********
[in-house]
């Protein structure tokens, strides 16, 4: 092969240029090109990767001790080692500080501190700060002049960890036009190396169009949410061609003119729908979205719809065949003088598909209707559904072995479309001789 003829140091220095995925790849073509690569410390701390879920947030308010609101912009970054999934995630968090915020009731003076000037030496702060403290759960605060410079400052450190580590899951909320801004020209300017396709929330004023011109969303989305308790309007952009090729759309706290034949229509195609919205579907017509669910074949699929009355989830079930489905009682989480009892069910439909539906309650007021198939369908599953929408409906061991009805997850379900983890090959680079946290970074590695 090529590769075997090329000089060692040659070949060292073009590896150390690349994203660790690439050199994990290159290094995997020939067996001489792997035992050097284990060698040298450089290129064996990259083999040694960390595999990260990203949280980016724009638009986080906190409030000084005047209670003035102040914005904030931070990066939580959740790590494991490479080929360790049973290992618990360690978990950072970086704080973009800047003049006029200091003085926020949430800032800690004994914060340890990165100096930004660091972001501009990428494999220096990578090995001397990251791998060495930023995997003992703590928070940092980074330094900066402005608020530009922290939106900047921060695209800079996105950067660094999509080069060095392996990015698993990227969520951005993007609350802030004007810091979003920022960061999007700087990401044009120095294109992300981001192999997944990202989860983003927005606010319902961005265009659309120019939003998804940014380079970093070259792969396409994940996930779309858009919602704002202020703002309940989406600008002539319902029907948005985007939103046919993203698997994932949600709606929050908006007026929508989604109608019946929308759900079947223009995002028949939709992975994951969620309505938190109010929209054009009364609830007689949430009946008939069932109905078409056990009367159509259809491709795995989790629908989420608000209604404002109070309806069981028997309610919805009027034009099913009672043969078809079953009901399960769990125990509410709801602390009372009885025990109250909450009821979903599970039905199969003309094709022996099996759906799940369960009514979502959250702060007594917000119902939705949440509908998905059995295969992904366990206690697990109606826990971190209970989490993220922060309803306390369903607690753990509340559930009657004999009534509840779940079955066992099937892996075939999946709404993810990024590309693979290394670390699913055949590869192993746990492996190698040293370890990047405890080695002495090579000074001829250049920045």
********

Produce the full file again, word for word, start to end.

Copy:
[in-house]
């Protein structure tokens, strides 16, 4: 092969240029090109990767001790080692500080501190700060002049960890036009190396169009949410061609003119729908979205719809065949003088598909209707559904072995479309001789 003829140091220095995925790849073509690569410390701390879920947030308010609101912009970054999934995630968090915020009731003076000037030496702060403290759960605060410079400052450190580590899951909320801004020209300017396709929330004023011109969303989305308790309007952009090729759309706290034949229509195609919205579907017509669910074949699929009355989830079930489905009682989480009892069910439909539906309650007021198939369908599953929408409906061991009805997850379900983890090959680079946290970074590695 090529590769075997090329000089060692040659070949060292073009590896150390690349994203660790690439050199994990290159290094995997020939067996001489792997035992050097284990060698040298450089290129064996990259083999040694960390595999990260990203949280980016724009638009986080906190409030000084005047209670003035102040914005904030931070990066939580959740790590494991490479080929360790049973290992618990360690978990950072970086704080973009800047003049006029200091003085926020949430800032800690004994914060340890990165100096930004660091972001501009990428494999220096990578090995001397990251791998060495930023995997003992703590928070940092980074330094900066402005608020530009922290939106900047921060695209800079996105950067660094999509080069060095392996990015698993990227969520951005993007609350802030004007810091979003920022960061999007700087990401044009120095294109992300981001192999997944990202989860983003927005606010319902961005265009659309120019939003998804940014380079970093070259792969396409994940996930779309858009919602704002202020703002309940989406600008002539319902029907948005985007939103046919993203698997994932949600709606929050908006007026929508989604109608019946929308759900079947223009995002028949939709992975994951969620309505938190109010929209054009009364609830007689949430009946008939069932109905078409056990009367159509259809491709795995989790629908989420608000209604404002109070309806069981028997309610919805009027034009099913009672043969078809079953009901399960769990125990509410709801602390009372009885025990109250909450009821979903599970039905199969003309094709022996099996759906799940369960009514979502959250702060007594917000119902939705949440509908998905059995295969992904366990206690697990109606826990971190209970989490993220922060309803306390369903607690753990509340559930009657004999009534509840779940079955066992099937892996075939999946709404993810990024590309693979290394670390699913055949590869192993746990492996190698040293370890990047405890080695002495090579000074001829250049920045």